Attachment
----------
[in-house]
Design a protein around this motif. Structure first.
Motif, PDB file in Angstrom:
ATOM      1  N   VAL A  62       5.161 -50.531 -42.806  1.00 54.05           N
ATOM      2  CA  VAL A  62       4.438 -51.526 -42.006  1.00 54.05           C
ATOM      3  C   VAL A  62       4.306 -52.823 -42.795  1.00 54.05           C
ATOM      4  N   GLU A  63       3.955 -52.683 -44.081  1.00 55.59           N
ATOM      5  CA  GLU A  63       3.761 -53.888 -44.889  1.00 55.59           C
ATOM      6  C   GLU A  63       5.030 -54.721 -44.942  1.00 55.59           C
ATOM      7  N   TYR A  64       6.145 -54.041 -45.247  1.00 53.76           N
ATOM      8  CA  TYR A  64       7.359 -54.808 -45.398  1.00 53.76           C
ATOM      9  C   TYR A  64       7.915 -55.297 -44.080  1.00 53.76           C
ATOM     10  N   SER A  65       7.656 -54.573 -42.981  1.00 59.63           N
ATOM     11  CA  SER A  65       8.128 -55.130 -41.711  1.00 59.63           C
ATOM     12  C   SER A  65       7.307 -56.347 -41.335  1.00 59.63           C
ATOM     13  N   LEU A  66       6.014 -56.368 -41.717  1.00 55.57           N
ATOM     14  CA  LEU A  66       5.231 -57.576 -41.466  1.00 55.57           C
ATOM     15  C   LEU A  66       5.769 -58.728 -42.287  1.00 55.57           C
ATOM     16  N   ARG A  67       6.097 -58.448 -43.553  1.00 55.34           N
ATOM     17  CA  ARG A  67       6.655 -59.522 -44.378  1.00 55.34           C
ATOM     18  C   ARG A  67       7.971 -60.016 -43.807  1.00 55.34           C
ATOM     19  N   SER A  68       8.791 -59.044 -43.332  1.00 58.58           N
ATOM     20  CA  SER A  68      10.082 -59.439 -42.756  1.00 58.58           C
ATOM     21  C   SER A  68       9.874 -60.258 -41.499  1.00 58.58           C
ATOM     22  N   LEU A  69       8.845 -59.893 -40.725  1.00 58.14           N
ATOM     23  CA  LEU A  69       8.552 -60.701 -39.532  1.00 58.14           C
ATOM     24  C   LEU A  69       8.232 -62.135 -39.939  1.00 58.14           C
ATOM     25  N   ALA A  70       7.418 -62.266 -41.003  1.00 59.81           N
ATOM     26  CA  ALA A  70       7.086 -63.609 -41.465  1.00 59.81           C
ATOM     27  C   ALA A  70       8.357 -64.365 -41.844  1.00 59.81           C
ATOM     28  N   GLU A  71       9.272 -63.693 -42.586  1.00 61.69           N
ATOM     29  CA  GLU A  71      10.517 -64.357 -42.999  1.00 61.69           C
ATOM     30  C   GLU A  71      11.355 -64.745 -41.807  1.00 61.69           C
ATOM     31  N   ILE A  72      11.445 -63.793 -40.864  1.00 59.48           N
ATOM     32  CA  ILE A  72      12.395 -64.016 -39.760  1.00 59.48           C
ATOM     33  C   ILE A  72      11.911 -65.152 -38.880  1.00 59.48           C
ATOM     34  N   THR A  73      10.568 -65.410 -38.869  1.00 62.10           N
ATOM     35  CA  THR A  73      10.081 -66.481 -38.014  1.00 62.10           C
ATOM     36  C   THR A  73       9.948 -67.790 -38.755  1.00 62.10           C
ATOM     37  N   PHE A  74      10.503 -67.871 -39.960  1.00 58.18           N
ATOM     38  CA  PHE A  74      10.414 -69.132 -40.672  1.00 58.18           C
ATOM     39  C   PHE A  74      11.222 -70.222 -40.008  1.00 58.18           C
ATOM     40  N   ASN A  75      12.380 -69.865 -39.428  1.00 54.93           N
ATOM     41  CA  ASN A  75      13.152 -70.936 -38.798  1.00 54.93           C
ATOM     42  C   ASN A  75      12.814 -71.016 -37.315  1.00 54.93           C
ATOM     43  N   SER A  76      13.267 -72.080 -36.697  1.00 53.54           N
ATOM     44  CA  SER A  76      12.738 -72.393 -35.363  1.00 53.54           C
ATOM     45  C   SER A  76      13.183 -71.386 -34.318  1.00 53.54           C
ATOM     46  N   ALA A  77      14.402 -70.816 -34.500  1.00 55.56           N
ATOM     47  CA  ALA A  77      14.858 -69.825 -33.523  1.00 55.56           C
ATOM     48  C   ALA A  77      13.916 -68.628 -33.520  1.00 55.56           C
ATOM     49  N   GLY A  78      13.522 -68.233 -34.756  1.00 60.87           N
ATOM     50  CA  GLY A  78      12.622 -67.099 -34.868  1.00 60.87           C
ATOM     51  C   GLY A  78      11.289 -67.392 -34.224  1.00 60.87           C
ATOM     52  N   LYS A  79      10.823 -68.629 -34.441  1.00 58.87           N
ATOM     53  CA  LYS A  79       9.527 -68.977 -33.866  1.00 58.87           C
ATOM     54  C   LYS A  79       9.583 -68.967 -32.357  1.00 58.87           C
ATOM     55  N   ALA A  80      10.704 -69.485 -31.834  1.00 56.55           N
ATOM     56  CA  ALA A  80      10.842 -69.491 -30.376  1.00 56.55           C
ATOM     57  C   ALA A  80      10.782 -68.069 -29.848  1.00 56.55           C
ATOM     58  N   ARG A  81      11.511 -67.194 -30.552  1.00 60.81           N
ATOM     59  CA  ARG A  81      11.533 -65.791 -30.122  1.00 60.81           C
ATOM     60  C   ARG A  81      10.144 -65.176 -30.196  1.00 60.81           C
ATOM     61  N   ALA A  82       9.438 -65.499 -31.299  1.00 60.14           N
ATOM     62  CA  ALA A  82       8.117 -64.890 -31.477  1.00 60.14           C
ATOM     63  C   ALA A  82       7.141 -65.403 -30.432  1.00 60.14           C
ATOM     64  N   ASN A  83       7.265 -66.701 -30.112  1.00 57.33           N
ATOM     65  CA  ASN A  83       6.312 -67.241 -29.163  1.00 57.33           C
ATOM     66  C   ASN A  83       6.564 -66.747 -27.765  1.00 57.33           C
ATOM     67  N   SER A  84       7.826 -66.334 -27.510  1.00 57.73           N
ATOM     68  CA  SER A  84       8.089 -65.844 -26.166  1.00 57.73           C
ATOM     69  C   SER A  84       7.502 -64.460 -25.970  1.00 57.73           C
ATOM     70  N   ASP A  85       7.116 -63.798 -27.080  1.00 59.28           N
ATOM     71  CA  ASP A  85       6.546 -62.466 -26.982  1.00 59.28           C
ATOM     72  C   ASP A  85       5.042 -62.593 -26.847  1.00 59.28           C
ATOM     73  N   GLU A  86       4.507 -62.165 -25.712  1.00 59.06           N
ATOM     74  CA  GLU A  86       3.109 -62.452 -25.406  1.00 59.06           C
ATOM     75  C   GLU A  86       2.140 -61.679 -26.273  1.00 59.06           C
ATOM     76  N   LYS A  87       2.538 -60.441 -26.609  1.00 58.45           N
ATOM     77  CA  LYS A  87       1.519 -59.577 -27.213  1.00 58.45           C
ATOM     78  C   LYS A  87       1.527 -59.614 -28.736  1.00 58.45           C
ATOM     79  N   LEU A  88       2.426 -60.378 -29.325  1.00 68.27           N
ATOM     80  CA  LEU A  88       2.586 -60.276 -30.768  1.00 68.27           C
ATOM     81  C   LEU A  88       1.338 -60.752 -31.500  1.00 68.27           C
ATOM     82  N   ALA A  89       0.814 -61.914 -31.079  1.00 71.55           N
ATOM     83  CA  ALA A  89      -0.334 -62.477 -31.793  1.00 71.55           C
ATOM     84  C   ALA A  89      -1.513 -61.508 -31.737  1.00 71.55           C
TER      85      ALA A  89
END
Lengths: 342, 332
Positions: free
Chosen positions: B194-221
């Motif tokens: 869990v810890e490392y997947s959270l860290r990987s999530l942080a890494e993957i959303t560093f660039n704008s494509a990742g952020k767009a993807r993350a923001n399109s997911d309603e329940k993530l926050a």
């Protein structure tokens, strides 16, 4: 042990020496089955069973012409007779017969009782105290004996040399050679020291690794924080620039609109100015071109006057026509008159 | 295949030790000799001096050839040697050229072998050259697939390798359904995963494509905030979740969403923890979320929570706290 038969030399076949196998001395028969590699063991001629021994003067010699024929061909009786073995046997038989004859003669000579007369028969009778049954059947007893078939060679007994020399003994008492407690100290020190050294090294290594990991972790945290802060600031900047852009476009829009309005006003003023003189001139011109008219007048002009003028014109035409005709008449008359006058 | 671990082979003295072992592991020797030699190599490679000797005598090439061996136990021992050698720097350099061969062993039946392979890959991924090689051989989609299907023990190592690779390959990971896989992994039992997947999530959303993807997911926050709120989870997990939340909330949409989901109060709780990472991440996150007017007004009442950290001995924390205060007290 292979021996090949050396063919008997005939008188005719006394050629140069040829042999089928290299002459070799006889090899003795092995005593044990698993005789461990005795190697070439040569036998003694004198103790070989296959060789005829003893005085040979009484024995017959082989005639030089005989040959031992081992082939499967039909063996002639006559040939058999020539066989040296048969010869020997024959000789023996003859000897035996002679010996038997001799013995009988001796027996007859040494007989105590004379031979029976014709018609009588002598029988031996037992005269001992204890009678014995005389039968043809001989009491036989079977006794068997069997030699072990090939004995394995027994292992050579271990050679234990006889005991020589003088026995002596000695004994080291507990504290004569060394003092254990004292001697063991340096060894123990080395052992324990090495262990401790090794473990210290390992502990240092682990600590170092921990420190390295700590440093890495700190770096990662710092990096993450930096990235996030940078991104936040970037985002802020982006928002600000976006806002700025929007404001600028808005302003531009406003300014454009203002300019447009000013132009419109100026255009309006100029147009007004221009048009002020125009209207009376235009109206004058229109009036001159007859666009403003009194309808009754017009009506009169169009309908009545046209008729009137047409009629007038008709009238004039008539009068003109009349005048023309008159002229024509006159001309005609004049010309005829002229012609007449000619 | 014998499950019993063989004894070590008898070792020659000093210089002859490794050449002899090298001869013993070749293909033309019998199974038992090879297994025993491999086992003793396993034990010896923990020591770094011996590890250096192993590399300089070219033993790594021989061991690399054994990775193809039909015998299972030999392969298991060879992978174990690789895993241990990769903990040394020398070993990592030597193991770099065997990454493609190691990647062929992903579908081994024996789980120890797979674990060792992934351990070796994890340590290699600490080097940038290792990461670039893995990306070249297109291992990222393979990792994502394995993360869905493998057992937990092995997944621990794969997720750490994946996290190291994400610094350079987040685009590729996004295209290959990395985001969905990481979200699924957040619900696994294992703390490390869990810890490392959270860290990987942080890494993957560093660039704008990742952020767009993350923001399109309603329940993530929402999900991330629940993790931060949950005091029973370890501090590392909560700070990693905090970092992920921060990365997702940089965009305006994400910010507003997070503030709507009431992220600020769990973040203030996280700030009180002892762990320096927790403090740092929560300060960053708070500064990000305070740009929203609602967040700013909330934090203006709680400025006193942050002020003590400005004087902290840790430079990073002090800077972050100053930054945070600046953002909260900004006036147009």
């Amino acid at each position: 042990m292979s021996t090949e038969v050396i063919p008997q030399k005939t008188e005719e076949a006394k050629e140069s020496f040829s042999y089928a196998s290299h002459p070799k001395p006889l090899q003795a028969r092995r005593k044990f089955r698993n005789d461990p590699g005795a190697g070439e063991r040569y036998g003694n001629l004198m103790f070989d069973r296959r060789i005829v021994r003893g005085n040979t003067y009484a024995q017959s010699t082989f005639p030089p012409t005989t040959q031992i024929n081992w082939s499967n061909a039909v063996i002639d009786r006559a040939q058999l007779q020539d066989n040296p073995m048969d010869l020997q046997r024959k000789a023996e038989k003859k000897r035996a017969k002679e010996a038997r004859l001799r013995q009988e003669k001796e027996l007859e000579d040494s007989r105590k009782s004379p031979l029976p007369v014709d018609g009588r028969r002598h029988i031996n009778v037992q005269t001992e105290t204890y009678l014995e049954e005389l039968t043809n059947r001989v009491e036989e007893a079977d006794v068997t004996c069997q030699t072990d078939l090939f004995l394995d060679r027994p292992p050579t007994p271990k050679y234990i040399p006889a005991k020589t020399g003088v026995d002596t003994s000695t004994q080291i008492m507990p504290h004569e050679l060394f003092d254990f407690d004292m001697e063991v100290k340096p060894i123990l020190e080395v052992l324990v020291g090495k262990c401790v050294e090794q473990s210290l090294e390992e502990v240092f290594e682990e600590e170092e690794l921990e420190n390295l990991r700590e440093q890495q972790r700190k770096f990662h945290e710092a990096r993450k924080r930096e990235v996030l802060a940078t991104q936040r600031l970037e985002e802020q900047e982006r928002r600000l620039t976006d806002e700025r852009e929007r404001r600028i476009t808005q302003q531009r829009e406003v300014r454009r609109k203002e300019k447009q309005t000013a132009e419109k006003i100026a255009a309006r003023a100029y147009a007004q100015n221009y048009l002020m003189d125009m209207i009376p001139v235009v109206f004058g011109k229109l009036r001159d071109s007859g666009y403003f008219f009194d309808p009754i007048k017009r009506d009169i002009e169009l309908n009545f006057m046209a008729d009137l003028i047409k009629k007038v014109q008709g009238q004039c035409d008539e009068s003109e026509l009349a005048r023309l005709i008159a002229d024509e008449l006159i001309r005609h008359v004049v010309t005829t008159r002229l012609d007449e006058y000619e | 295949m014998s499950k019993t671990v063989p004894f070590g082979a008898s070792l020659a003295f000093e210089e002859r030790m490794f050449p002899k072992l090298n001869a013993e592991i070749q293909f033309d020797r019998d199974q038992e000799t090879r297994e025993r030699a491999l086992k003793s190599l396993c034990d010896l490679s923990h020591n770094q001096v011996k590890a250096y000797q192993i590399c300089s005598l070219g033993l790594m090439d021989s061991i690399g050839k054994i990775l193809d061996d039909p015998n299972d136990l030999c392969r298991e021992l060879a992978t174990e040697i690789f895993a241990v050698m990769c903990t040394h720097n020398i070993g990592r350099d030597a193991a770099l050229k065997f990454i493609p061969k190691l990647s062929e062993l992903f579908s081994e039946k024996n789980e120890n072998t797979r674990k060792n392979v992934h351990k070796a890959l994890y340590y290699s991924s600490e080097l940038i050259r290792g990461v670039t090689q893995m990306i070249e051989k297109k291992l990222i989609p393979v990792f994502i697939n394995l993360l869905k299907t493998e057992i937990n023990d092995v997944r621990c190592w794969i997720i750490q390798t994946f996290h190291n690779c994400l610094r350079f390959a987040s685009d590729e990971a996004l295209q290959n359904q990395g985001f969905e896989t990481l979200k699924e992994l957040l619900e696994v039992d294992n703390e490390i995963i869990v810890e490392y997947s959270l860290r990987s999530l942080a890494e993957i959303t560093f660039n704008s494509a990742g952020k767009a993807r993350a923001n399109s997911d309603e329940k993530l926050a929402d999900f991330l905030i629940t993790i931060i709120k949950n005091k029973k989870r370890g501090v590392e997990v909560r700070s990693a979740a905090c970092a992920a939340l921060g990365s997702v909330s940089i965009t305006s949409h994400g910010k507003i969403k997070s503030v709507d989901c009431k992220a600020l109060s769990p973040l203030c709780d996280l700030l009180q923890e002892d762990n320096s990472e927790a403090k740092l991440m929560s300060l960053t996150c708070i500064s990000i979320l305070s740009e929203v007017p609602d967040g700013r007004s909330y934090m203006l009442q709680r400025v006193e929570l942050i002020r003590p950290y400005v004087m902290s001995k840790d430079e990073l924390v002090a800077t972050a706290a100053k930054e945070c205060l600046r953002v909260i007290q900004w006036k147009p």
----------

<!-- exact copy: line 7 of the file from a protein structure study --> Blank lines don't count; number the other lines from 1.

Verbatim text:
ATOM      4  N   GLU A  63       3.955 -52.683 -44.081  1.00 55.59           N